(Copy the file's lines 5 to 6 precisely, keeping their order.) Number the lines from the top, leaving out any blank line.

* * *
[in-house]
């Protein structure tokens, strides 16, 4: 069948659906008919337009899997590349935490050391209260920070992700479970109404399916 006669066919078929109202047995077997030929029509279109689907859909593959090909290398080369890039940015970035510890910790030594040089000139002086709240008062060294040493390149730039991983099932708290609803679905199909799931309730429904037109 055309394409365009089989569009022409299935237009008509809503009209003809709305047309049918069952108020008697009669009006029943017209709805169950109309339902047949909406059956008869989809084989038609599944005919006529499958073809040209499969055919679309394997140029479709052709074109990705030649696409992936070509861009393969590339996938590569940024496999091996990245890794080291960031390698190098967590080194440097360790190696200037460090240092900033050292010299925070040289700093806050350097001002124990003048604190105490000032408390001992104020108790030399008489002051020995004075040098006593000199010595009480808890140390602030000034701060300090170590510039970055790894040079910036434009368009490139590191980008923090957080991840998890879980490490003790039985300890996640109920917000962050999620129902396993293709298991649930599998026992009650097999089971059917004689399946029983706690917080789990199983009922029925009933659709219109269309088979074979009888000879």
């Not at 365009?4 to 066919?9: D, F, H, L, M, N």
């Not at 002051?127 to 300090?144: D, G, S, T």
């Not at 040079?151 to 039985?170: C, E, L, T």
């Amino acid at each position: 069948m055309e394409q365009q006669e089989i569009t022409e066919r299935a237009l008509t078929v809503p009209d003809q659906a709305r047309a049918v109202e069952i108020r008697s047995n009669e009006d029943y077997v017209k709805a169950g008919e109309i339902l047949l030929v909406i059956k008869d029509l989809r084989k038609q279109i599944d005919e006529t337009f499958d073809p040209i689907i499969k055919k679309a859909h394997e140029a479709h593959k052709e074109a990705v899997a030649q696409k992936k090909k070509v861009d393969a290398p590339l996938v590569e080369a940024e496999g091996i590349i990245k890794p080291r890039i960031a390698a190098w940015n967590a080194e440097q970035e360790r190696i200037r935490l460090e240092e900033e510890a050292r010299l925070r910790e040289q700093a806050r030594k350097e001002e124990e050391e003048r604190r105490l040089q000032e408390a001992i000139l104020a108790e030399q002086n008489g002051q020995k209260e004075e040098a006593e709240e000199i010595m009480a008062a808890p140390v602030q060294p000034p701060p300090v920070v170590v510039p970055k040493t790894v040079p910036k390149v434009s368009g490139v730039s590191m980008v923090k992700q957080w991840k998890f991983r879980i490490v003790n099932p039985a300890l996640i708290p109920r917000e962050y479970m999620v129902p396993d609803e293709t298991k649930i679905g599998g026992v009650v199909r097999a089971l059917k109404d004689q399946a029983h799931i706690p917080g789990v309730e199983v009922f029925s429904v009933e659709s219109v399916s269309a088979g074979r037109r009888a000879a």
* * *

């Not at 040079?151 to 039985?170: C, E, L, T």
């Amino acid at each position: 069948m055309e394409q365009q006669e089989i569009t022409e066919r299935a237009l008509t078929v809503p009209d003809q659906a709305r047309a049918v109202e069952i108020r008697s047995n009669e009006d029943y077997v017209k709805a169950g008919e109309i339902l047949l030929v909406i059956k008869d029509l989809r084989k038609q279109i599944d005919e006529t337009f499958d073809p040209i689907i499969k055919k679309a859909h394997e140029a479709h593959k052709e074109a990705v899997a030649q696409k992936k090909k070509v861009d393969a290398p590339l996938v590569e080369a940024e496999g091996i590349i990245k890794p080291r890039i960031a390698a190098w940015n967590a080194e440097q970035e360790r190696i200037r935490l460090e240092e900033e510890a050292r010299l925070r910790e040289q700093a806050r030594k350097e001002e124990e050391e003048r604190r105490l040089q000032e408390a001992i000139l104020a108790e030399q002086n008489g002051q020995k209260e004075e040098a006593e709240e000199i010595m009480a008062a808890p140390v602030q060294p000034p701060p300090v920070v170590v510039p970055k040493t790894v040079p910036k390149v434009s368009g490139v730039s590191m980008v923090k992700q957080w991840k998890f991983r879980i490490v003790n099932p039985a300890l996640i708290p109920r917000e962050y479970m999620v129902p396993d609803e293709t298991k649930i679905g599998g026992v009650v199909r097999a089971l059917k109404d004689q399946a029983h799931i706690p917080g789990v309730e199983v009922f029925s429904v009933e659709s219109v399916s269309a088979g074979r037109r009888a000879a």